April 2018

We Could Use A Little Thomas Paine Now

by Daniel Russ on April 27, 2018

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    I have begun reading old texts now. The Odyssey, Genesis, Napoleon’s writings about his lordship and his campaigns. I advise you to open up Thomas Paine’s Common Sense. Here are some excerpts and brother do we ever need thinking like this today.   TO MY FELLOW-CITIZENS OF THE UNITED STATES OF AMERICA: I […]

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Napoleon’s Ample Self Esteem.

by Daniel Russ on April 23, 2018

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  Napoleon was a workaholic. He planned warfare all day and all night when he wasn’t attending high state affairs. He woke and slept at odd hours and when he asked for an aide to show up, they had to be ready. A position as an aide to napoleon was no sinecure. In fact, it […]

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Rome’s Imperial Power Was Expressed In Its Architecture.

April 17, 2018
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    The Appian Way, Via Appia, is a wonder to the world. Itself it stretches just short of 40 miles. But it was the road that began the first official universal transportation system in antiquity.   It connected Britain to Mesopotamia, from the Danube to Gibraltar and from the Alps to northern Africa. It was […]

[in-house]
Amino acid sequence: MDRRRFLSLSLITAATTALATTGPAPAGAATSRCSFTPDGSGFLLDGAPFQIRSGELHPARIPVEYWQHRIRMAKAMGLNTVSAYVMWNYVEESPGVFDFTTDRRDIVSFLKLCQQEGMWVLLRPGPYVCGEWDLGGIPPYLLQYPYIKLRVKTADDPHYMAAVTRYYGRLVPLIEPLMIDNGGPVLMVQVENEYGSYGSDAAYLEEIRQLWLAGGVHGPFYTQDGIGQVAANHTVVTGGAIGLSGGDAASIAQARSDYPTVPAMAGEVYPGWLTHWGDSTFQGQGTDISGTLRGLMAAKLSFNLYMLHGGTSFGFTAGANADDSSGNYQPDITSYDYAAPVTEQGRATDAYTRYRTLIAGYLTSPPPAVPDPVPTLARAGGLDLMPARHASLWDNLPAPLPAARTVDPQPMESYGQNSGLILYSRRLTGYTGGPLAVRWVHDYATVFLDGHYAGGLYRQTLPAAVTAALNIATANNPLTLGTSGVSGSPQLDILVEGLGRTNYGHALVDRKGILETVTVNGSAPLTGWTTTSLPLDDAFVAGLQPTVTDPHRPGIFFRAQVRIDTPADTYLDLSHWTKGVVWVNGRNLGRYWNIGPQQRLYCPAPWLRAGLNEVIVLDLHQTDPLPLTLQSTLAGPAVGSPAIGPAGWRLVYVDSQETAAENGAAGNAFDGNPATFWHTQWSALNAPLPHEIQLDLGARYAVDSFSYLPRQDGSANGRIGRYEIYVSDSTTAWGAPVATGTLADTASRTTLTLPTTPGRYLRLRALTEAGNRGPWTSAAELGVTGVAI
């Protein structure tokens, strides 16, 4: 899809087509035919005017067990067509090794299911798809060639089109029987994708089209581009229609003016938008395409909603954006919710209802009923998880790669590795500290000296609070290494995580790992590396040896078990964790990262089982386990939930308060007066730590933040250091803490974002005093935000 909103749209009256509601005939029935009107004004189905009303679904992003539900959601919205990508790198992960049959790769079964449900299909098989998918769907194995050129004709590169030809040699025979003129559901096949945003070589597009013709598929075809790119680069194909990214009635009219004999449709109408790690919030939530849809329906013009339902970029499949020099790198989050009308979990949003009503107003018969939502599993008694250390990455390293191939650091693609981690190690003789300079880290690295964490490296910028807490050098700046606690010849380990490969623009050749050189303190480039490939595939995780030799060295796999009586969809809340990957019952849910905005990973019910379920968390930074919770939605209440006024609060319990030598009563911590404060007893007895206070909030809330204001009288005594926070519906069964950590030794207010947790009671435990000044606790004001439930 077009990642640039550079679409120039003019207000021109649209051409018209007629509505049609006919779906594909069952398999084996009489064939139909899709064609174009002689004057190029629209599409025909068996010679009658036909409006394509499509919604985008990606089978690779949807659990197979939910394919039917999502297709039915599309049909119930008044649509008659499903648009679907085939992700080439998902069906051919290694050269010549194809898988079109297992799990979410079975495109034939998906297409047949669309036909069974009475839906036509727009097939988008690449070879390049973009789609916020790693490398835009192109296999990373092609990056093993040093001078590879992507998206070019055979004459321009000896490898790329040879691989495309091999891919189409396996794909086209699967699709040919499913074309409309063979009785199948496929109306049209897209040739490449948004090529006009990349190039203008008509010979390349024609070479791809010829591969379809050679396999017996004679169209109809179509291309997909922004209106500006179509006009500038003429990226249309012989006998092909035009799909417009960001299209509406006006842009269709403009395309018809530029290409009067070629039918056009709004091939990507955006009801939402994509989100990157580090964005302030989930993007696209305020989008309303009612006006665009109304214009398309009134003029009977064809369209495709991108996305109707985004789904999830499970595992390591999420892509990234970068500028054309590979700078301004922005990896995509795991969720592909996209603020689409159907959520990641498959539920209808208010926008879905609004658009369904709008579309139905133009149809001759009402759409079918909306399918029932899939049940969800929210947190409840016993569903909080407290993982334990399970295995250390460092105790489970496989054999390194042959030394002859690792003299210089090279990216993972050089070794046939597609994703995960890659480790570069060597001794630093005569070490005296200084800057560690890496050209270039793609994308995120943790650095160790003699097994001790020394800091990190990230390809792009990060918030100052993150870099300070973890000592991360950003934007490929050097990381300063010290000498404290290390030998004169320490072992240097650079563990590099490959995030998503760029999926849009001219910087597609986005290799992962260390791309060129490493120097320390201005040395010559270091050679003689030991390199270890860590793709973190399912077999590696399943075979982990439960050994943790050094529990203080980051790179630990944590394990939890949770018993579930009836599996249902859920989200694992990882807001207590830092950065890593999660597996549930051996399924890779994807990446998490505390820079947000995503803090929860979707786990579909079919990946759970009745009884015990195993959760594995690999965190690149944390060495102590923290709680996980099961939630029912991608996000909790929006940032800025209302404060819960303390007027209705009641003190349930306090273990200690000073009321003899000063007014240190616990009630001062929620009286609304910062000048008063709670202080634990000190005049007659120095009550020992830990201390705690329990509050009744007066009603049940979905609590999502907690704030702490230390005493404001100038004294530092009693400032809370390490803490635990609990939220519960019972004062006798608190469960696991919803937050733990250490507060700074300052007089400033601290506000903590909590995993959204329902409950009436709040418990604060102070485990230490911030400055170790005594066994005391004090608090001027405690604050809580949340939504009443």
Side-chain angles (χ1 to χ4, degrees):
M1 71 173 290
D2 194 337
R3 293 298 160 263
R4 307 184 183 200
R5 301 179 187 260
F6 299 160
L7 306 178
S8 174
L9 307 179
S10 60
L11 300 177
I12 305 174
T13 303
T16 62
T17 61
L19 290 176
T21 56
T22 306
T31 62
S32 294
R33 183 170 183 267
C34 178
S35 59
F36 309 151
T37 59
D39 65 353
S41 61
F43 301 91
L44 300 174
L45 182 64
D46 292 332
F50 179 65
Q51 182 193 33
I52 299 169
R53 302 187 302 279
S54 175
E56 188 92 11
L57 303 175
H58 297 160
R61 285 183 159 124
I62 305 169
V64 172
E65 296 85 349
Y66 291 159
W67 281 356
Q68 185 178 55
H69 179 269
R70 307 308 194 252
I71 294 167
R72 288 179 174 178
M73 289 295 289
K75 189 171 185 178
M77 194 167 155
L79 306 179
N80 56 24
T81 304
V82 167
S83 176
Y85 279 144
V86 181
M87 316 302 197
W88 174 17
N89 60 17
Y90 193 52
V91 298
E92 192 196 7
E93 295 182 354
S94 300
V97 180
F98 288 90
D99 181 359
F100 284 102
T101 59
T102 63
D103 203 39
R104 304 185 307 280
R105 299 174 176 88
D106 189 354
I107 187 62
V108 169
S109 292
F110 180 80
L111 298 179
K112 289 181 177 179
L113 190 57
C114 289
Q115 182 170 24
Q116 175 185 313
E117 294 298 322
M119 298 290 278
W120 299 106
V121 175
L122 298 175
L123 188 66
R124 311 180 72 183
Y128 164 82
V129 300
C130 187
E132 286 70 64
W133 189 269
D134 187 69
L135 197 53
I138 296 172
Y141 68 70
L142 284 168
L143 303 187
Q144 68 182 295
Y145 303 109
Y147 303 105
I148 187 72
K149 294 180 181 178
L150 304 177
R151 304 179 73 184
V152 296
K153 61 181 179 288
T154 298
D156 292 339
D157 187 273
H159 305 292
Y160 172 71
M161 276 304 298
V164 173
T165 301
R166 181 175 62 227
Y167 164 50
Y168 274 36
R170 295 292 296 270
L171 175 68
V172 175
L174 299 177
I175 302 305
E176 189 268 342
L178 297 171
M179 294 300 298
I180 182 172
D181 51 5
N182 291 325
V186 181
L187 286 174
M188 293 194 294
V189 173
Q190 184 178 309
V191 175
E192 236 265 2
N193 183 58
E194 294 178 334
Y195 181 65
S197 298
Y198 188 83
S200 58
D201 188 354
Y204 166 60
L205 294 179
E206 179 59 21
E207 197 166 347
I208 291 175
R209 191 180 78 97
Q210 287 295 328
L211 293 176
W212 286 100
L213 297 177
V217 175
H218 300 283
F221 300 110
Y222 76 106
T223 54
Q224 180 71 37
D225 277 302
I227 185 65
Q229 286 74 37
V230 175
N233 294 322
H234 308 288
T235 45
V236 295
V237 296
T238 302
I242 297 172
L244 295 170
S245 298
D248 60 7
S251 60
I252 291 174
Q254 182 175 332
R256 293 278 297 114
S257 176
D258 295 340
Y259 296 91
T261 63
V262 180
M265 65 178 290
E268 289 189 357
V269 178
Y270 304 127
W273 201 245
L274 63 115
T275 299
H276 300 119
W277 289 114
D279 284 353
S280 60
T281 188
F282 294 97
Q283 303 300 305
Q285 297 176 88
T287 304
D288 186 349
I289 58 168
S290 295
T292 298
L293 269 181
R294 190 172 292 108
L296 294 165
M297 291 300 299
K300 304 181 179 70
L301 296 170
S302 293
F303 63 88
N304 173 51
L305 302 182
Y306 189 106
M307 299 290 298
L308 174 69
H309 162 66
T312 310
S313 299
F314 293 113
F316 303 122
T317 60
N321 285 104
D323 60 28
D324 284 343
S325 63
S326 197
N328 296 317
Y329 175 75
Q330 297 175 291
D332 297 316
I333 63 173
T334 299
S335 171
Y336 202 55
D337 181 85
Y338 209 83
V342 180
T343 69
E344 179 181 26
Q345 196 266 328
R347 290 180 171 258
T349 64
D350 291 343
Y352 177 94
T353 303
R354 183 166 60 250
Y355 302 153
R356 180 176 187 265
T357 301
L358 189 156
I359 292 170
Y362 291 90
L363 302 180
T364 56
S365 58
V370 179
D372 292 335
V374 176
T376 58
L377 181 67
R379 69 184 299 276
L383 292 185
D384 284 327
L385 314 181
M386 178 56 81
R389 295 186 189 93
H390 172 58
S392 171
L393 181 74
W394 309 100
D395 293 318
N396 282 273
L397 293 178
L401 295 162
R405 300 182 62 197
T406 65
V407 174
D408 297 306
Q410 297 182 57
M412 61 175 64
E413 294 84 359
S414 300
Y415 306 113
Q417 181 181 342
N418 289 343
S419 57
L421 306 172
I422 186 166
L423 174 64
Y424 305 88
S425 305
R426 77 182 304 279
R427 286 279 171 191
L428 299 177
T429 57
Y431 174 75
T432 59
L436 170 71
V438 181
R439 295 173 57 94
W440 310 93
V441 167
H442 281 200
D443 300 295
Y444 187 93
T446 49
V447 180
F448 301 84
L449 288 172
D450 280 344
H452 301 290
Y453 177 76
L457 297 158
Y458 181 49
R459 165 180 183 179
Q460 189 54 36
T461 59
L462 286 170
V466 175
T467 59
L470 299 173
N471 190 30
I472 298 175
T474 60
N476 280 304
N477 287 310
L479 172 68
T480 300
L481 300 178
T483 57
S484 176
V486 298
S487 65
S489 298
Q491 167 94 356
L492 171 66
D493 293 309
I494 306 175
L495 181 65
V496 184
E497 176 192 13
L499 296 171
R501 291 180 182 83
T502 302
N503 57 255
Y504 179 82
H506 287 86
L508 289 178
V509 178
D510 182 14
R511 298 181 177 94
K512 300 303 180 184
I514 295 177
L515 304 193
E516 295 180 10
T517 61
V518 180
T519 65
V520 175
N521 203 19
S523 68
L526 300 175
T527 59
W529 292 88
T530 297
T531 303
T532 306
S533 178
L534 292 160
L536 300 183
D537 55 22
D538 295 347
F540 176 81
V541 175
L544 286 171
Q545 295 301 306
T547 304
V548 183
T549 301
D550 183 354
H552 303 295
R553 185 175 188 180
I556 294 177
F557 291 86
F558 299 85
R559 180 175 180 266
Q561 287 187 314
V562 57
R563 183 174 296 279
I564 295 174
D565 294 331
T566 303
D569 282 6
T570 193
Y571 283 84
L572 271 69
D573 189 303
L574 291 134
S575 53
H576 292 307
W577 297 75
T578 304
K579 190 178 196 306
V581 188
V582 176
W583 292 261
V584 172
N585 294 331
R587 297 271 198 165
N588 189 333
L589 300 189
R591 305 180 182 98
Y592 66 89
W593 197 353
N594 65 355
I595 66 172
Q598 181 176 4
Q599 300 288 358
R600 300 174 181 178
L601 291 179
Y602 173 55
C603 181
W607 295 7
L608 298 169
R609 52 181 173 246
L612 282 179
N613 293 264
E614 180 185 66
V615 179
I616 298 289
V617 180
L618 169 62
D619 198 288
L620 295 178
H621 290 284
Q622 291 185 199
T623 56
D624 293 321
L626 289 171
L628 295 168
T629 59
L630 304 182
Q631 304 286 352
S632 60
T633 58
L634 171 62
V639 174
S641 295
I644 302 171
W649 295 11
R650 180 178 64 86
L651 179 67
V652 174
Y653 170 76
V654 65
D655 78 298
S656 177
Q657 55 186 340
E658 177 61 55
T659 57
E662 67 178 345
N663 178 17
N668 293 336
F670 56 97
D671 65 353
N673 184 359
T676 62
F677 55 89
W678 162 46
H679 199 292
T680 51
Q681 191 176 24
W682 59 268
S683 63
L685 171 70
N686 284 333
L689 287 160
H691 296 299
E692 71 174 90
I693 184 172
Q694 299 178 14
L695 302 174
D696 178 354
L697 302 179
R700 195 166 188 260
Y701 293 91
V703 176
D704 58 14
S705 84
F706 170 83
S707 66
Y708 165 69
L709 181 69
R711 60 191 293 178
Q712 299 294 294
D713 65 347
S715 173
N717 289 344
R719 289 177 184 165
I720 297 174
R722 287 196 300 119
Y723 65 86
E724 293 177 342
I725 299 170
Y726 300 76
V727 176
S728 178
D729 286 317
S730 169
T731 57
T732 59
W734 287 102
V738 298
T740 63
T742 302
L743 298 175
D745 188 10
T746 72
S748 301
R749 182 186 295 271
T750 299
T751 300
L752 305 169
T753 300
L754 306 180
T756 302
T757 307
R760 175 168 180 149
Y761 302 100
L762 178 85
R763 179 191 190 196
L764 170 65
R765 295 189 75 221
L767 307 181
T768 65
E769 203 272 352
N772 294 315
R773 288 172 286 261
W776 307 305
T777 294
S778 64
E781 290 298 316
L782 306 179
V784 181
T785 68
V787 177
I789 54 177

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Napoleon and the Mameluks

April 12, 2018
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    May 19th, 1798, 16,000 seamen, 38,000 combat troops, all packed on 13 ships of the line, 42 frigates, 160 support ships, and none of them know where the Hell they are headed. It was his fiercely charismatic personality that made this possible in the age of Napoleon.  Most people would wonder why the […]

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Native Americans Also Invaded The New World.

April 8, 2018
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  Belly Bears, Arikara Chief History is so fascinating to me because it does repeat itself. And it reveals hypocrisy, extraneous worry, and prejudice. What history really reveals is our blindness to the truth, and our predilection for bundling the events of the past into an ideological framework. Beginning in the last three quarters of […]

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The Fall And Rise of Ulysses S. Grant.

April 3, 2018
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    When South Carolina began the uprising against the United States, the fervor for war was also burning effulgent. One of the amazing insights gleaned from From Ron Chernow’s book about Ulysses Grant is that the war began as a political topic engaged by people all over the country in taverns and at work […]

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